Student stories

Kinesiology student gains insight into the healthcare industry during her co-op

Camilla Briggs


My name is Camilla Briggs. I am originally from Quadra Island, and I worked in the marine industry for many years before starting my post-secondary education at the University of Victoria in Kinesiology.

Why did you choose to do co-op at UVic?

I chose to complete a co-op degree because I believe in real-world experience. There are things you cannot learn in a classroom, and there are things that work experience cannot teach you, and you must learn by attending school. Co-op is an opportunity to sample different professions without long-term commitment; it provides contacts, and references outside of the academic realm, and a co-op job reinforces the importance of the knowledge that we are gaining as students. 

The years I spent working taught me about people and teamwork. I also gained knowledge working alongside experts in the field and augmented this by pursuing continuing education in the evenings after work.

When I felt I was ready to leave the marine industry, I had no idea what went on in the world outside of boats. I thought co-op would be an excellent way to discover careers that I was not aware of and gain insight for myself in terms of what interested me. Above all, I chose to complete a co-op degree because I wanted to make sure the career I am selecting for myself would be agreeable to my personality, abilities and interests.

Where did you work for your last co-op work term?

My recent work term was with RebalanceMD, here in Victoria. It was my second work term, and I was hoping to gain some clinical experience as I am keen to work in the area of functional and mobility rehabilitation.

RebalanceMD is a brilliant model, the combination of sports doctors, orthopedic surgeons, physiatrists, nurses, physical therapists and kinesiologists produces a network of experts all in one office. These professionals collaborate to provide an extraordinary level of care. Being in this environment allowed me to learn about the inner workings of the medical system before patients make their way into a physical therapy clinic.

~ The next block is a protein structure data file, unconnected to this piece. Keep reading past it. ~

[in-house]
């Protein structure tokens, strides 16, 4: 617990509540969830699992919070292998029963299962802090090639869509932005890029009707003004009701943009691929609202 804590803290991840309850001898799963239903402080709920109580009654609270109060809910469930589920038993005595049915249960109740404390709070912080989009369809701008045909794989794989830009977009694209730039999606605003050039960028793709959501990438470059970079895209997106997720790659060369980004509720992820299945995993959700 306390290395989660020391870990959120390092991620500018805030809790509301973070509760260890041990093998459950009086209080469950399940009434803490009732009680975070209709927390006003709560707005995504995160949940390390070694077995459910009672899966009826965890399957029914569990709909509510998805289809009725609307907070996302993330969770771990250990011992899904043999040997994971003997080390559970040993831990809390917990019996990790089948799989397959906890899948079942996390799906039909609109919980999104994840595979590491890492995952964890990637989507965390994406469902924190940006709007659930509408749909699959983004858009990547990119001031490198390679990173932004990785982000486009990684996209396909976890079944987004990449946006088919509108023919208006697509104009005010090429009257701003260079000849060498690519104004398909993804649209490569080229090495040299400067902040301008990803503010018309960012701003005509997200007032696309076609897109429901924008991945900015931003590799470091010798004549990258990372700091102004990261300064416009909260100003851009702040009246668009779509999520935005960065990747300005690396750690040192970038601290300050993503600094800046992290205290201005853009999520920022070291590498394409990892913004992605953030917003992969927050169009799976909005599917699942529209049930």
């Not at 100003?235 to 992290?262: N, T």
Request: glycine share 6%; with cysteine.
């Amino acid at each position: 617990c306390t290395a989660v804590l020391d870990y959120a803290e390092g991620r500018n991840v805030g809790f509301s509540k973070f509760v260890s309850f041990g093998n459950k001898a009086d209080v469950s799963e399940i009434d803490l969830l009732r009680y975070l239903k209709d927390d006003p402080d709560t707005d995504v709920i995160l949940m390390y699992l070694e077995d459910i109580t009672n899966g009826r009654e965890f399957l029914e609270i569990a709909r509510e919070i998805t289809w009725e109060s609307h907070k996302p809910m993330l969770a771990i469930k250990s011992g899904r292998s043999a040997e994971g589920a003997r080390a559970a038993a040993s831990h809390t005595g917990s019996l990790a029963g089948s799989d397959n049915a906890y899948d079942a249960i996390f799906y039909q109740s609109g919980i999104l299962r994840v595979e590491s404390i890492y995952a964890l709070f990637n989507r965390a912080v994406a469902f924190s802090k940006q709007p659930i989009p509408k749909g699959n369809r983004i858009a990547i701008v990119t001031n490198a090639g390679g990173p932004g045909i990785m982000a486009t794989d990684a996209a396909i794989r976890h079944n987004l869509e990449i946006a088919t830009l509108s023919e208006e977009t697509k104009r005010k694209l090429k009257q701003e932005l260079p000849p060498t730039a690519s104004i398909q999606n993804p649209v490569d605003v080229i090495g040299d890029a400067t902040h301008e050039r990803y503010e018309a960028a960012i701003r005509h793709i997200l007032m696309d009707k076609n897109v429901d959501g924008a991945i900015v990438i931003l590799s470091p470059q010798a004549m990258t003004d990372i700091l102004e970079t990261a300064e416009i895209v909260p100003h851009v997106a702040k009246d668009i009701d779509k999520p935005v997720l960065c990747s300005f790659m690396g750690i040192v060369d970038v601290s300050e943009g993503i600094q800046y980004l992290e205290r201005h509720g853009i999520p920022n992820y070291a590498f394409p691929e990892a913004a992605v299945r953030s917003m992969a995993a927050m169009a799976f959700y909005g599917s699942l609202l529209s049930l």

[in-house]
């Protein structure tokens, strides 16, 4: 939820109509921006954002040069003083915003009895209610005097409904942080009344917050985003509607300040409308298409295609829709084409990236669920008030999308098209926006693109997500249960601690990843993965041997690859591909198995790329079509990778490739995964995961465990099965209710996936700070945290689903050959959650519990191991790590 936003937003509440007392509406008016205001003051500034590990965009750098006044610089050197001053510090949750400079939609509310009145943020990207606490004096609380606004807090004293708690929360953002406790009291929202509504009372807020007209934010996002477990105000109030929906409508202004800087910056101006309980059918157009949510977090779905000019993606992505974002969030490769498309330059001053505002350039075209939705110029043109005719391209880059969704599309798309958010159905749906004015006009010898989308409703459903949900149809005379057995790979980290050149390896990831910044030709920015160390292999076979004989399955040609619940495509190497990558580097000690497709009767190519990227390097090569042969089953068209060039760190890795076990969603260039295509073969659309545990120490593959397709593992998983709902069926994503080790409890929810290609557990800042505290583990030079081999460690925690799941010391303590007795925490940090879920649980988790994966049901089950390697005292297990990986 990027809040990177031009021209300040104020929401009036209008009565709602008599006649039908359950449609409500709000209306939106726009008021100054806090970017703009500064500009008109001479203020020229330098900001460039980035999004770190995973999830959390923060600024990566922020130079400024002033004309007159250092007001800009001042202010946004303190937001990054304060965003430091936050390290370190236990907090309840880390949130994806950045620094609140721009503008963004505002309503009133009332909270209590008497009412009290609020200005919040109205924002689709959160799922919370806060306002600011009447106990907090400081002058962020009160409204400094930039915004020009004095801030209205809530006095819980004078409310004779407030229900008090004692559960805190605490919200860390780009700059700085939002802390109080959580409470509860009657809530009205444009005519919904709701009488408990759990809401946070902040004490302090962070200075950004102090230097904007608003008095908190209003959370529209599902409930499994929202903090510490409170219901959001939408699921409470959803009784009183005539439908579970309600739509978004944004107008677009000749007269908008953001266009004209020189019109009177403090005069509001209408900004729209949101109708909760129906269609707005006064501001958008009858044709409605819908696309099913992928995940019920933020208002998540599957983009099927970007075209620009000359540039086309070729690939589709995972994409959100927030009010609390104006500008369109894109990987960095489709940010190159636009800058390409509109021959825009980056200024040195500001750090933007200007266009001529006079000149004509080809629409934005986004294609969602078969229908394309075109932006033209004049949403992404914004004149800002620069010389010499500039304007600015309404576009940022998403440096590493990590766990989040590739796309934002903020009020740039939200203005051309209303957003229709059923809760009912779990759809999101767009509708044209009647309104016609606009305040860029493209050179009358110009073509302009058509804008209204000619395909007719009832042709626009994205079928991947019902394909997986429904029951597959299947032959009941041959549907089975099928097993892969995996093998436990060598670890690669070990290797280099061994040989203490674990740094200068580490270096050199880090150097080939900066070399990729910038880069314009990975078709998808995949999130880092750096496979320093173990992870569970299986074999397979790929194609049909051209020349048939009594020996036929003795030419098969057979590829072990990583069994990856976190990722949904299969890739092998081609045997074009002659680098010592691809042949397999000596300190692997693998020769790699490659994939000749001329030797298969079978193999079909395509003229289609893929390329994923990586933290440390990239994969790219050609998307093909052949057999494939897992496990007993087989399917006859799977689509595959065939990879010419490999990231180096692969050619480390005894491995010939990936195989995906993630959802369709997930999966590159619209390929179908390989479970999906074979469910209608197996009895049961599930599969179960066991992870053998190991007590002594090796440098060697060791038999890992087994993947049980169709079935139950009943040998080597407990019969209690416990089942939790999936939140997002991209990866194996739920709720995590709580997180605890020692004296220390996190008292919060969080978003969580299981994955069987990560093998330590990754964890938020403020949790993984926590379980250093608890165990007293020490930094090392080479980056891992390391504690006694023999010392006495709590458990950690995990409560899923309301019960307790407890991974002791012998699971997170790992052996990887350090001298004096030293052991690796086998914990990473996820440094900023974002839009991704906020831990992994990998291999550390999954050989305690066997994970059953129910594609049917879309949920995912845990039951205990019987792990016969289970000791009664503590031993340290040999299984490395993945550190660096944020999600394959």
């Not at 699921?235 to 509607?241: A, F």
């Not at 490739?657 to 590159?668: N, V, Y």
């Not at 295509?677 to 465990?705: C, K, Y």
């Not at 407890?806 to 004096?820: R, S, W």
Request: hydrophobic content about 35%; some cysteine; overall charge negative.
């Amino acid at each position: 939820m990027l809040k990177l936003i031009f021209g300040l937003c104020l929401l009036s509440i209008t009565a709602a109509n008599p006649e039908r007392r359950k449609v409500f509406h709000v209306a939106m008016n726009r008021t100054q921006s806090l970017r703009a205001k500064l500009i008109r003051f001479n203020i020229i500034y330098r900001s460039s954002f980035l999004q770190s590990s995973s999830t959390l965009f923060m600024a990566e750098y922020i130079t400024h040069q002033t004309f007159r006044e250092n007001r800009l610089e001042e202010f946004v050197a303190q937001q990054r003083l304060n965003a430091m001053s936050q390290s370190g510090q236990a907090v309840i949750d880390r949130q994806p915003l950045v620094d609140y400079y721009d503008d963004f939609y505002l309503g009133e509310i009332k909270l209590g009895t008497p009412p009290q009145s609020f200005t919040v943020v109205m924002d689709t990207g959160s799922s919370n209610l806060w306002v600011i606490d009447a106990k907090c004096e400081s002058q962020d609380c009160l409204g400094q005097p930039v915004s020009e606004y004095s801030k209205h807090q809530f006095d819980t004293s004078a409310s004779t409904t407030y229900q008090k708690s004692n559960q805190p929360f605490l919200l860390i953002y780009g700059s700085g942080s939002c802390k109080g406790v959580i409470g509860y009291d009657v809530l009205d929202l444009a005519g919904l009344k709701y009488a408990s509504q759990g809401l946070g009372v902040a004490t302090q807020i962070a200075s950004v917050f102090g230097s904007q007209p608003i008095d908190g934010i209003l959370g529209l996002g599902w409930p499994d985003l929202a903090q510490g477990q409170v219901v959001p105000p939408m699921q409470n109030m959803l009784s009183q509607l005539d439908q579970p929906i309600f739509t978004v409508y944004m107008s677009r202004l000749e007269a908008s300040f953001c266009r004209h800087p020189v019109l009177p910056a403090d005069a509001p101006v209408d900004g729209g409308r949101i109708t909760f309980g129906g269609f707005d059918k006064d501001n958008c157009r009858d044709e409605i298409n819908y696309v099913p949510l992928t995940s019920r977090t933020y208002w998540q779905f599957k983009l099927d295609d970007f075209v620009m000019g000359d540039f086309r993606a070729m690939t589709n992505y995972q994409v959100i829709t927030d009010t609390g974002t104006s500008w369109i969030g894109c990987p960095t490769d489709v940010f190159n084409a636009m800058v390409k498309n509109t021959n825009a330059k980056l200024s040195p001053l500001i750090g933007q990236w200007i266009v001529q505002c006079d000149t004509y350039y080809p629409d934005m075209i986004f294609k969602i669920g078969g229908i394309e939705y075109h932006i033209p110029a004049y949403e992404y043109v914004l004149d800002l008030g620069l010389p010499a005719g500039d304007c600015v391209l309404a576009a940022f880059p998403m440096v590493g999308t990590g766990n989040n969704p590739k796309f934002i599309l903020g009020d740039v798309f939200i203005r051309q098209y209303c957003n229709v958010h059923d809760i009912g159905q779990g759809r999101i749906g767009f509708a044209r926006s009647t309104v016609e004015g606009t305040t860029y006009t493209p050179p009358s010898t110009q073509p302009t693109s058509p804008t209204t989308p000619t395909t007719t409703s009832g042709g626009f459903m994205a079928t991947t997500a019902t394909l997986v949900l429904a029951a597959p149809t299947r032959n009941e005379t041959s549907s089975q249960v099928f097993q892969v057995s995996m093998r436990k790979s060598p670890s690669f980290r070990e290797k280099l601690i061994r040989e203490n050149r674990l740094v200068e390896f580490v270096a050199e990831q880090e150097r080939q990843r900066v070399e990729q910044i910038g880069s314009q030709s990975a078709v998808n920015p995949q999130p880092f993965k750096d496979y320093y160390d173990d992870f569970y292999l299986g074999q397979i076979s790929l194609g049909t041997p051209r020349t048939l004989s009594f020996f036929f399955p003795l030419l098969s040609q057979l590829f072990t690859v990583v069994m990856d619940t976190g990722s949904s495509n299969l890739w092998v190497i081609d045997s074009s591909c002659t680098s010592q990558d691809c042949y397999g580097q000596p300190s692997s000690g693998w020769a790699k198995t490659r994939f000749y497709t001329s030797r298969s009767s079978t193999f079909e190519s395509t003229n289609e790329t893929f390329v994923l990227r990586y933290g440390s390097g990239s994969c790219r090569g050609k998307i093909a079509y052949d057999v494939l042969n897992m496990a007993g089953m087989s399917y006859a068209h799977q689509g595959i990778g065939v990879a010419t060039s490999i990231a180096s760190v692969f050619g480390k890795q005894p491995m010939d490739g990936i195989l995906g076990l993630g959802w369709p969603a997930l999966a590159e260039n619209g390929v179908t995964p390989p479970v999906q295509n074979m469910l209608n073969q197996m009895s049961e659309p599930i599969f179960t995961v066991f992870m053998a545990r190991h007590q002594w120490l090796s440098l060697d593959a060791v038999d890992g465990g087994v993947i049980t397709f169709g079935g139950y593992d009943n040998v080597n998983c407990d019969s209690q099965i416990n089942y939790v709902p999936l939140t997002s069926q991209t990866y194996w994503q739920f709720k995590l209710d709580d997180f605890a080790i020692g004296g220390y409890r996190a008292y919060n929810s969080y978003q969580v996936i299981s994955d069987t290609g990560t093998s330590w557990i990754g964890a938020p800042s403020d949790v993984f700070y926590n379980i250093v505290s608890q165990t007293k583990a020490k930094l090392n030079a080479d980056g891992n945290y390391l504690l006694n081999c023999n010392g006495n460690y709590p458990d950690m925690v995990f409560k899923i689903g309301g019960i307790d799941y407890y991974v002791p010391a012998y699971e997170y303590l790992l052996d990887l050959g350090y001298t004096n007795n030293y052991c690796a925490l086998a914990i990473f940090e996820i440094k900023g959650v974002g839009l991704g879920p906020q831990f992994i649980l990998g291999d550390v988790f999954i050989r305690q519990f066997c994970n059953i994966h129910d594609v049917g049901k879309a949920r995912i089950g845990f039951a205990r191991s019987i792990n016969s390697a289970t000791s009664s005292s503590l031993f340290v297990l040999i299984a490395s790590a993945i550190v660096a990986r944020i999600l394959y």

What were your responsibilities?

At RebalanceMD I was responsible for helping those who could not complete the medical history and symptom questionnaires online. I came to RebalanceMD the same time that a new computer system was being implemented into the office, introducing the online questionnaires. In my first few weeks I discovered glitches that were preventing some patients from successfully completing the questionnaires; these glitches were identified and fixed by the tech team. From this, I was able to better help patients trouble shoot the technical aspect of the questionnaires. I used knowledge from my kinesiology classes to help them understand various diagnosis, diseases, medications, and I explained medical terms, among other things. Feedback from patients was often gratitude for taking the time to understand their situation and listen to their story, a luxury that doctors, nurses and physical therapists don’t always have. They would tell me about concerns and fears that they would not necessarily tell the doctor in the appointment; with their permission, I would pass along information that I felt that the doctor should know.